Leeson: A Politics of Place
West Texan Jay Leeson takes an in-depth look at how the far right has come to dominate many rural areas that have benefited from good government investment. He argues that “the more you vote against your place the less you have to come home to.”
A place carries a continuity of knowledge and passes it from generation to generation. How the place works, what makes it turn.
When there’s disruption in this continuity, learning transpires by costly lessons of what the place will and will not tolerate.
Such learning risks decline. Perhaps demise.
In my late teens and early twenties, I rambled around a region built on agriculture, education and health care with a well-worn copy of Milton Friedman’s Capitalism and Freedom in my truck console, an authentic 1964 Goldwater-Miller bumper sticker and anti-government talk shows blaring on the AM radio.
That was the late 1990s and early 2000s. A disruptive political period in the region, in which West Texan social conservatism finally divorced the Democratic Party and native fiscal frugality married Republicanism – a party that, outside of Reconstruction and Larry Combest’s coordination with Charlie Stenholm in the 2002 Farm Bill, had made little contribution to the region.
The incongruence of my developing political identity to my surrounding economic realities never even occurred to me.
Then I grew up.
Driving around West Texas, one plainly sees a century’s worth of good government.
On long stretches of state highways, expansive landscapes of crops, ranchlands and oil fields are proof of America’s historical commitment to policy that incentivized domestic food, fiber and fuel production as a matter of national defense that can be immediately applied by several military bases. There are numerous communities throughout the region in which school districts are the lifeblood as well as primary employers. Those communities are often within an hour’s access to healthcare.
Drive on into the rural metropolis of Lubbock and economic times have never been better.
Seven of the top 10 non-agriculture employers are public entities. Of the three remaining, one is a private hospital, another is a home healthcare provider and the other is a grocery store chain. The ‘recession-proof’ city’s unemployment is 3.5-percent.
The top 10 employers maintain 20-percent of 123,000-member workforce. The non-taxable invoices of small businesses providing quality work to these sectors and/or sector employees are both significant and unquantifiable.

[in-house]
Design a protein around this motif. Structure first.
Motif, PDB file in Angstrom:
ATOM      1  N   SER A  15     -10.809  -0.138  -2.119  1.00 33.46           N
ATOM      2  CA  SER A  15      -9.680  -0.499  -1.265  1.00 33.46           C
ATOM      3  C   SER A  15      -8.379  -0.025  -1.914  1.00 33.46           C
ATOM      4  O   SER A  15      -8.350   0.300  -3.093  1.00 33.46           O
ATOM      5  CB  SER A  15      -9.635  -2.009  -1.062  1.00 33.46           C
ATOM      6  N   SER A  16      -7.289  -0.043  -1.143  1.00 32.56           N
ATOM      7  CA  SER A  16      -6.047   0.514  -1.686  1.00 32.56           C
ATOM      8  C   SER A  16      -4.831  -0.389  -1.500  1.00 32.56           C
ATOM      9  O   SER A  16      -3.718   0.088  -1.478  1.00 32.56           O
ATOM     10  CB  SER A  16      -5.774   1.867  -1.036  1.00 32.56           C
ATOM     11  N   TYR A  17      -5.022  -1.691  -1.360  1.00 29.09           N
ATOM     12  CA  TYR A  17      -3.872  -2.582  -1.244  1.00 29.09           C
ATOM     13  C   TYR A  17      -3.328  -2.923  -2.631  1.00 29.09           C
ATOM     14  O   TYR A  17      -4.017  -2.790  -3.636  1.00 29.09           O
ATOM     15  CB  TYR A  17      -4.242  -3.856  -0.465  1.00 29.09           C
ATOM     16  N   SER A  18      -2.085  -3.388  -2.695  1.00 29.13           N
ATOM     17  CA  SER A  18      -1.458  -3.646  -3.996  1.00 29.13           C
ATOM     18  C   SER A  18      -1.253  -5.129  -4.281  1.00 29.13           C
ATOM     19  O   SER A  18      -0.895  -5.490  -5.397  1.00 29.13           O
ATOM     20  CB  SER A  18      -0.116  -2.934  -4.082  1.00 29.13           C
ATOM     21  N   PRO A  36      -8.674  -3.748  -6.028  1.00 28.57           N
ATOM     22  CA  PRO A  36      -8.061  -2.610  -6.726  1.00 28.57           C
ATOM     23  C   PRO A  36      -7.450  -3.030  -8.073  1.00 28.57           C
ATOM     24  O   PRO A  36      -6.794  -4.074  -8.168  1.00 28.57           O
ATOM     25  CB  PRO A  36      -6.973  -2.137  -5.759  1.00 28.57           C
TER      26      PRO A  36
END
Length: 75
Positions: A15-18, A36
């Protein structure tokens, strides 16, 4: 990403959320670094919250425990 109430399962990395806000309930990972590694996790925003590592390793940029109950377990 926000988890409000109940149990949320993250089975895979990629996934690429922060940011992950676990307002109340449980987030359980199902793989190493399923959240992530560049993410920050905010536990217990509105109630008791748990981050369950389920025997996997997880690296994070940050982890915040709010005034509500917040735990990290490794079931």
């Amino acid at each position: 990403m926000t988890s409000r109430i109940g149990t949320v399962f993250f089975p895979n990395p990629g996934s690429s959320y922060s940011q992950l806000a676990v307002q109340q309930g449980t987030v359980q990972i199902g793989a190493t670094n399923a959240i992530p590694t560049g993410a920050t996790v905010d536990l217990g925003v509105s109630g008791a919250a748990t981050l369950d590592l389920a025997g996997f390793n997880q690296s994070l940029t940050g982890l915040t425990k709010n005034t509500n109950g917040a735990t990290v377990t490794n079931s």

Texas Tech University claims an annual $1.3 billion economic impact on Lubbock, a city located in a 100-mile radius of a $3 to 5 billion annual cotton industry.
Business experience in Lubbock, like the region, remediates whatever one failed to learn growing up in a place surrounded by the cotton, education and medical sectors. In such a place, demagoguery of government is as ironic as Al Gore boarding his private jet to keynote a carbon footprint conference.
One becomes aware of their political dissonance in talking awfully red when the deposits are quite blue.
And yet, anti-government rhetoric resonates. Often paid for by out-of-region groups, tempting genetic West Texan fiscal frugality and deeply rooted social convictions in order to exploit economic interests.
Within the bounds of Tom DeLay’s re-districting maps, rural Texas gets redder and redder. Debates about good government have dried up and voter participation recedes.
Campaigns fixate on social values issues. We staunchly oppose abortion and support the Second Amendment. But given the decline in our districts, it’s becoming clear that campaigns based on social values assume that a society exists in which to hold such values.
To borrow an adage, the more you vote against your place the less you have to come home to.
Drive out of Lubbock in any direction, look closely, and one sees what seems to be a fight against rural euthanasia.
Westward up and down the Caprock/New Mexico border, arsenic and fluoride levels in depleted water wells necessitate a $1-2 million reverse osmosis systems, revenue bonded by 500 meters or less. Southward to Interstate 20, school funding restraints have invented teacher recruitment from foreign countries. To the north and east, rural hospitals scrape by, or simply close, due to reduced Medicaid reimbursement rates eliminating margins.
A hard, disruptive decade has revealed the region’s toughest drought has been 40 years without rural development policy.
Folks who produce the nation’s food, fuel and fiber see their debt-to-asset ratios surging and their place creeping past decline—with very few political solutions in sight.
DeLay’s lines muzzled conservative Democrats, and Mr. Sam Rayburn’s Democratic party has taken up a newfound obsession with urban cultural liberalism and pink jogging shoes.
When the Democratic Party does involve itself in rural life, far too often it comes bearing burden from the Department of Labor aiming for big business, but hitting small business; Department of Interior saving chickens at the cost of the ranch; or the Environmental Protection Agency protecting with interpretive power grabs on water.